Our intention is to acquire and make available ALL picture books featuring indigenous people and people of color published in the U.S. since 2002, including reprints. Inclusion of a title in the collection DOES NOT EQUAL recommendation. See our related readings page for suggested links for evaluating books.
Tells the story of nineteenth century abolitionist Reverend John Rankin and his brave early efforts working as a conductor on the Underground Railroad, risking his safety and the safety of his family to help nearly two thousand slaves escape from Kentucky to Ohio
Describes the transatlantic journey taken by the pilgrims aboard the Mayflower, detailing their hardships until they reached their destination in the New World.
"Green Street Park" contains colorful pictures and an engaging story that helps children understand important lessons of how to work for justice and peace and to help those in need
A portrait of the passionate performer and civil rights advocate Josephine Baker, the woman who worked her way from the slums of St. Louis to the grandest stages in the world. Meticulously researched by both author and artist, Josephine's powerful story of struggle and triumph is an inspiration and a spectacle, just like the legend herself
On each of the twelve days during her Christmas visit with her cousin Will, Katie writes home describing the history, geography, animals, and interesting sites of Michigan that she has explored. Uses the cumulative pattern of the traditional carol to present amusing state trivia at the end of each letter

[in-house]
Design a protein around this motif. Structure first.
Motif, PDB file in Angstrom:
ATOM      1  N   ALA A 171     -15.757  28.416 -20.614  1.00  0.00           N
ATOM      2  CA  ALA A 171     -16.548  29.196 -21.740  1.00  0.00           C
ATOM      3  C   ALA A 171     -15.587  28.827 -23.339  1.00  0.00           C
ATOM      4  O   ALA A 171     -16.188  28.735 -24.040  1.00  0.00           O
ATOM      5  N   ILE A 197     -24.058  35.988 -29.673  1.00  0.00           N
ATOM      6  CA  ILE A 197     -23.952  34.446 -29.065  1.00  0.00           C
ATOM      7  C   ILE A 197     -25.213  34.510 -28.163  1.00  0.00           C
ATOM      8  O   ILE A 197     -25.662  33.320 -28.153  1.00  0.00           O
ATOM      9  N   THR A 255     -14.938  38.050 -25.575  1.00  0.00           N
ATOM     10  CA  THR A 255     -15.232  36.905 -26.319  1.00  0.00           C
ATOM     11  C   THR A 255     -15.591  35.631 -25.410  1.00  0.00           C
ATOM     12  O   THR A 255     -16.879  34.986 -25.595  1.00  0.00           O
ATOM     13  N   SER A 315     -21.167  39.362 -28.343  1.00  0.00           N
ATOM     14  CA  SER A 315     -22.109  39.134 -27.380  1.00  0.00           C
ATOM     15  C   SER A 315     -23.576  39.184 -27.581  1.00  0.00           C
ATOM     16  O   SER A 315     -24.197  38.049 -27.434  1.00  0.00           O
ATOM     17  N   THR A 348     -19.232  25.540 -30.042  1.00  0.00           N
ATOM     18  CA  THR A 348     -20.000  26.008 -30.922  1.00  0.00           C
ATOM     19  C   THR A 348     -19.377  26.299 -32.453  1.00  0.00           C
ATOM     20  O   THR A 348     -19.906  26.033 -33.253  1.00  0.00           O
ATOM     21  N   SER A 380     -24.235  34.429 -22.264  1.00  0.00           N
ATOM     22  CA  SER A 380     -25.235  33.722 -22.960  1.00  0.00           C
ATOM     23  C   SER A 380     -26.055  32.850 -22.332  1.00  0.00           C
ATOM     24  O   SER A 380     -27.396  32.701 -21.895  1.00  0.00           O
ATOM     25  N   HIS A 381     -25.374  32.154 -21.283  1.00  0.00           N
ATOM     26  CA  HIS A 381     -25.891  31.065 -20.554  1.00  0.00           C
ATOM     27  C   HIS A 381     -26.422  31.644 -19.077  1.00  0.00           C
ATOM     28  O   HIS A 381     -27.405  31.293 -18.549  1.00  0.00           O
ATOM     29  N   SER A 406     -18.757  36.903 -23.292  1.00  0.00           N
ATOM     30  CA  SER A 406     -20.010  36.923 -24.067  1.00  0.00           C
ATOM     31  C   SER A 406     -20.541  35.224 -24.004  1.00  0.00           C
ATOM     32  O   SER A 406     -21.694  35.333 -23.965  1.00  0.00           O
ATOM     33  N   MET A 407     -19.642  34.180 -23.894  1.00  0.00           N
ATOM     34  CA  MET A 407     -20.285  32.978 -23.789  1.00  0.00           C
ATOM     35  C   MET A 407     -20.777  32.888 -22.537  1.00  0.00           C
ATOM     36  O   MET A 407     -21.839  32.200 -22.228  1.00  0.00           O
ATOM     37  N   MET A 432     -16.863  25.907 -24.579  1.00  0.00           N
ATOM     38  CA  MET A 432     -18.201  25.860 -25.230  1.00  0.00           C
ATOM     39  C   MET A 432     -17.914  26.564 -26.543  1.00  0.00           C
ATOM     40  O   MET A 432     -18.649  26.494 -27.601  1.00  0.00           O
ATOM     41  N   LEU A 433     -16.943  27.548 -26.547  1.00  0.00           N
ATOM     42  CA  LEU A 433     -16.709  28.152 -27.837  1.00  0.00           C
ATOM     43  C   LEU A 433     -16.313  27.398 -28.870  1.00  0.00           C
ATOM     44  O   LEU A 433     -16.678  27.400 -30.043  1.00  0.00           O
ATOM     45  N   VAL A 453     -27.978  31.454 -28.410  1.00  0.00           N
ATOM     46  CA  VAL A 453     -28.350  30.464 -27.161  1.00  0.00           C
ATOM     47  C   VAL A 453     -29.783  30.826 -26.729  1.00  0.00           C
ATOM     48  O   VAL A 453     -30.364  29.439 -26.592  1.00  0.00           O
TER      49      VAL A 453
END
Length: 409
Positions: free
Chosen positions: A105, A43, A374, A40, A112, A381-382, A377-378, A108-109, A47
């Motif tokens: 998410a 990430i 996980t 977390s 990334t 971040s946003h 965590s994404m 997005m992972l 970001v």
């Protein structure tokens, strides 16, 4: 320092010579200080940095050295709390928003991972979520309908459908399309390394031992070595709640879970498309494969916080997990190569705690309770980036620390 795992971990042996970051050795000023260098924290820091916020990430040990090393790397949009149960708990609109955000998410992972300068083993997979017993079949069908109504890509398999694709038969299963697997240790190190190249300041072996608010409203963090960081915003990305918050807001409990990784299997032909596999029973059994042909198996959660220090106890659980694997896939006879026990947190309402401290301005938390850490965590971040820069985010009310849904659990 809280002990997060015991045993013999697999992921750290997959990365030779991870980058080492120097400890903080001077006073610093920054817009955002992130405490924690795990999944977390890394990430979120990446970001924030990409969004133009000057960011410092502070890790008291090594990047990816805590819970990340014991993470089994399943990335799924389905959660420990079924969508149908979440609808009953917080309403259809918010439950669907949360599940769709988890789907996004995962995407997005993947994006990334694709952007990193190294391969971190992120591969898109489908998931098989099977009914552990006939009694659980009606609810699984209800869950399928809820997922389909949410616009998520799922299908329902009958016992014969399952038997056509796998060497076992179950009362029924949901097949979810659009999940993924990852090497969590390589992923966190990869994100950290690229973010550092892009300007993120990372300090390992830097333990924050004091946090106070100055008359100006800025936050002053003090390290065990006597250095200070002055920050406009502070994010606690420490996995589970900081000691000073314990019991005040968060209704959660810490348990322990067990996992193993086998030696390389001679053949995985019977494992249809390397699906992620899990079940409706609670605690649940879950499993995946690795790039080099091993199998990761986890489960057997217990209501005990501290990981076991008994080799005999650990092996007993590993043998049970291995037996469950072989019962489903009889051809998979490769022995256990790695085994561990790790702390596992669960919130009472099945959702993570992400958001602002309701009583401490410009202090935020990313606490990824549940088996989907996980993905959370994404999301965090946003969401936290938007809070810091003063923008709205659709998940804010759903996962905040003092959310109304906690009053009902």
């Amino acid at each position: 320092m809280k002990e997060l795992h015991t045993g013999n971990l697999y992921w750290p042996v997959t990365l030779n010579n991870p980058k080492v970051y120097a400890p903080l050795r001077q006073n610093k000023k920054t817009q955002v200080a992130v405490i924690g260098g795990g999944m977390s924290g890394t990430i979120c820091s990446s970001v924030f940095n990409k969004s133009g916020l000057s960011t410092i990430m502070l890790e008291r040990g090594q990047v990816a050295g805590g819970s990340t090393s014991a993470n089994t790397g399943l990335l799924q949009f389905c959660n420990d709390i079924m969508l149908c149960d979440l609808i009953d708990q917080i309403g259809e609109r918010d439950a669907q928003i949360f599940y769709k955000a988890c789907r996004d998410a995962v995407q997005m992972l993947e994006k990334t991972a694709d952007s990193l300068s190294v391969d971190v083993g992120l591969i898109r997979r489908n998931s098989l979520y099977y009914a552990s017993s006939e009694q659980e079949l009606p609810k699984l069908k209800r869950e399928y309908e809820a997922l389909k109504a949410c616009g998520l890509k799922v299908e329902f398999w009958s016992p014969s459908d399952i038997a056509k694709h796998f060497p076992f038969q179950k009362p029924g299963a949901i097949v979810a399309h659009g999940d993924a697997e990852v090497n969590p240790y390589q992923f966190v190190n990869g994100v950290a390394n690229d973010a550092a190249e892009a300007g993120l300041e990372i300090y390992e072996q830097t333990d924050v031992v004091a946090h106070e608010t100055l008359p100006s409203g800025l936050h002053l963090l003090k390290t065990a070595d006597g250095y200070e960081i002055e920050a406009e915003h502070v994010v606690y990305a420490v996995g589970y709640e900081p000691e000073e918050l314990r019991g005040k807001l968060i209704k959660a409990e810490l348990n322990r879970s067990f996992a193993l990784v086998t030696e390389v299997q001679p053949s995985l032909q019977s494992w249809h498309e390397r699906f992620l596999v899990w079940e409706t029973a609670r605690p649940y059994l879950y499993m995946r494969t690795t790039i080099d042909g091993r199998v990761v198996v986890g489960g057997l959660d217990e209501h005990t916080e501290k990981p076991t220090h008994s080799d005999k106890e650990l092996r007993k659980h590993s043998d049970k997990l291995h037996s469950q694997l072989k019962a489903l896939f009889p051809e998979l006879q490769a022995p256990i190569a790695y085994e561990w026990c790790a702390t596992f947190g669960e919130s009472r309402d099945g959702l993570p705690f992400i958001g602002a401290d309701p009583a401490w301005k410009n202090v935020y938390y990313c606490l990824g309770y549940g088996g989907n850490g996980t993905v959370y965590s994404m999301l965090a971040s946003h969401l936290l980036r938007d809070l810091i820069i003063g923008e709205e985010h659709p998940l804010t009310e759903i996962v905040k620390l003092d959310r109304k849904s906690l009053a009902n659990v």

In an account of the friendship between Abraham Lincoln and Frederick Douglass, readers get a glimpse into the shared bond between two great American leaders during a turbulent time in history
"Join a young Craig Kielburger discovers the depths of generosity on the streets of Brazil"--Back cover
After his parents die, seven-year-old Maiko leaves his village in Africa to live across the ocean with his aunt and uncle. When he thinks of home, he thinks of the big baobab tree at the center of the village. In his new home, Maiko feels a special connection to the small spruce tree in the front yard, especially when he finds out it is the same age as he is. Like his beloved baobab, this tree also sings to him and shares his secrets. When he learns that the little spruce is in danger of being cut down, Maiko tries to save it
When young Steve, who is Jewish, tells his new neighbor, Jackie Robinson, that his family does not have a Christmas tree, Jackie brings one to his neighbors, not knowing that they celebrate Hanukkah instead of Christmas. Based on a true story
This book chronicles the unbreakable spirit of an Inuit girl while attending an Arctic residential school